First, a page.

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Manual Overclocking

So far we have been using Intel Core i7-3960X Extreme Edition processor for our mainboard tests. It wasn’t the best CPU, at least because of its recommended price of over $1000. Moreover, it was an engineering sample based on pre-production C0 core revision, while the processors that hit the stores were already C1. Therefore, as soon as C2 processors came out, we got our hands on as many as three Intel Core i7-3930K CPUs, which differed from the exact same C1 processors by SPOKY marking. The only significant difference between this CPU and the top model is 12 MB L3 cache instead of 15 MB and 100 MHz lower nominal clock frequency, which, however, doesn’t really matter since its clock frequency multiplier is unlocked anyway. However, the MSRP of this processor is almost half of what the top model costs, which is still a lot, but definitely more acceptable.

The nominal clock frequency of the Intel Core i7-3930K processor is 3.2 GHz, but it is just a formality. In reality, Intel Turbo Boost technology makes the CPU work at 3.5 GHz even under heavy loads, and if only one processor core is utilized, the frequency may increase to 3.8 GHz. All three processors proved capable of working at 4.6 GHz frequency, which is more than the previous maximum of 4.4 GHz achieved on the old Intel Core i7-3960X Extreme Edition. We were hoping to hit 4.7 GHz, but we couldn’t get our system to work stably at this frequency. So, we ended up selecting the CPU with the lowest nominal core voltage, overclocked it to 4.6 GHz on our Asus Rampage IV Formula mainboard, and ran our performance and power consumption tests after that.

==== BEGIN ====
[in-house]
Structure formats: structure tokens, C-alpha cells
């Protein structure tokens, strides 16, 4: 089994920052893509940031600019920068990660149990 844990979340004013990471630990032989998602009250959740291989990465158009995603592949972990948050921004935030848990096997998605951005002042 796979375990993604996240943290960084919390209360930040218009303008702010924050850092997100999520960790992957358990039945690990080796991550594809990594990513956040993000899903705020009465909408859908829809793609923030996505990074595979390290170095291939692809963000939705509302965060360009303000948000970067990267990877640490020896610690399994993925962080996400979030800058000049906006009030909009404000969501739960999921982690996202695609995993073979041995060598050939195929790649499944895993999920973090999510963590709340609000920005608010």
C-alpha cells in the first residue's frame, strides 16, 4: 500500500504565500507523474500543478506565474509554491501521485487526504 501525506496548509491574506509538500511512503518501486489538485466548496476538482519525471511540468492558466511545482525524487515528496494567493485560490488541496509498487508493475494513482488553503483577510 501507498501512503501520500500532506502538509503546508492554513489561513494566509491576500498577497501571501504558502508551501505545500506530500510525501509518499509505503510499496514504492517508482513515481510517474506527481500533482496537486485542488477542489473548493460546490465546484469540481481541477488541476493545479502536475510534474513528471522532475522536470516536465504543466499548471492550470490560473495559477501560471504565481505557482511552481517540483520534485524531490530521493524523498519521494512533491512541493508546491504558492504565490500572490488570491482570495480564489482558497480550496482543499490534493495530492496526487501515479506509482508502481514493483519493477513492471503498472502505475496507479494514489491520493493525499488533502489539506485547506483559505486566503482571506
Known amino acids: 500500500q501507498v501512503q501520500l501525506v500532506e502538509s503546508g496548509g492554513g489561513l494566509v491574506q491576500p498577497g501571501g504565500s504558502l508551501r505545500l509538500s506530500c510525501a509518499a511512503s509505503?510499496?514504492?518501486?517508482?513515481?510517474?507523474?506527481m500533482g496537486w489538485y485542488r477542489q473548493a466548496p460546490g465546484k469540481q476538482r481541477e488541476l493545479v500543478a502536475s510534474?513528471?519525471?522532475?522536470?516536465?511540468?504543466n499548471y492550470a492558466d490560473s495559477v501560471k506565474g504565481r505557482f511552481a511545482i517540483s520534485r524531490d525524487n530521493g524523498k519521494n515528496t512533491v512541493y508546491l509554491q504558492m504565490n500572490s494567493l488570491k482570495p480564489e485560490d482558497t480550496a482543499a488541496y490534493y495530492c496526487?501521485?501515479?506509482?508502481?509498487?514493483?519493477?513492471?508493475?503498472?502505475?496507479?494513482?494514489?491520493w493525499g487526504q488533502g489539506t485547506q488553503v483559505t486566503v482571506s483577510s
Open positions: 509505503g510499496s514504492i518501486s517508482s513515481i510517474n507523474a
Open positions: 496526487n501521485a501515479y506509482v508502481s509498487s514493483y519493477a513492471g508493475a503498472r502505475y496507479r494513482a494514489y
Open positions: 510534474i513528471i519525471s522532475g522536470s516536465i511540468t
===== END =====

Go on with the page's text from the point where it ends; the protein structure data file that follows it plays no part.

For comparison purposes we needed to obtain similar results on some other mainboard, but we have suddenly come across unexpected problems. Asus mainboards traditionally compete against those from Gigabyte, but we couldn’t overclock our processor to the same 4.6 GHz on the previously tested Gigabyte GA-X79-UD7. We didn’t test the stability at lower frequencies, because we were looking to compare mainboards against each other in identical operational conditions. So, we decided not to waste any time and try the Asus P9X79 Deluxe instead, which made a very good impression on us during the review process and received our highly positive remarks. However, this board also was unable to overclock the new processor to 4.6 GHz frequency. Having assumed that this processor could only overclock well on an Asus Rampage IV Formula mainboards, we took a different CPU sample, because all three Intel Core i7-3930K processors we had on hand were capable of reaching 4.6 GHz frequency with our test board. Nevertheless, nothing changed and we could only go as far as 4.4 GHz.